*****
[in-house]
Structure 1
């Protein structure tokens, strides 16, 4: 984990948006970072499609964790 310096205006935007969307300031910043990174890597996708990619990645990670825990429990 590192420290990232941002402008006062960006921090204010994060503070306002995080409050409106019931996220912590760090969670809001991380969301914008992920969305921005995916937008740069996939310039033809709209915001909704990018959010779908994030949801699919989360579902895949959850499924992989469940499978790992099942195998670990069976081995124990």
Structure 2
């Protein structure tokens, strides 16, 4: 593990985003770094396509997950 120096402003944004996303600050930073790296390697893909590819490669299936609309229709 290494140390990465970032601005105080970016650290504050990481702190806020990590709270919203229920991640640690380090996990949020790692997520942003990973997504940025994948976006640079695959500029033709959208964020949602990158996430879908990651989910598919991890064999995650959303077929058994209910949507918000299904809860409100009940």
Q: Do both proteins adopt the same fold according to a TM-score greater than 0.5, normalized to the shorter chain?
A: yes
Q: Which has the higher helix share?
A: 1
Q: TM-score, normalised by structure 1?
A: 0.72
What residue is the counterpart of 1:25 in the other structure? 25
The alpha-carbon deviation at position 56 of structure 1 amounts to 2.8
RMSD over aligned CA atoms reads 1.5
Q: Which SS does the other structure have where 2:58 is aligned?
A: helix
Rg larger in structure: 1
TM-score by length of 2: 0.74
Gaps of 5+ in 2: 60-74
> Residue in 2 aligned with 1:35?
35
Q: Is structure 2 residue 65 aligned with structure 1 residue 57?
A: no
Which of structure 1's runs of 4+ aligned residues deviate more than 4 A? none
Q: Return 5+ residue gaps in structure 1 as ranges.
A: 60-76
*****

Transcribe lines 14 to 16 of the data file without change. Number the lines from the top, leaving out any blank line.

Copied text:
RMSD over aligned CA atoms reads 1.5
Q: Which SS does the other structure have where 2:58 is aligned?
A: helix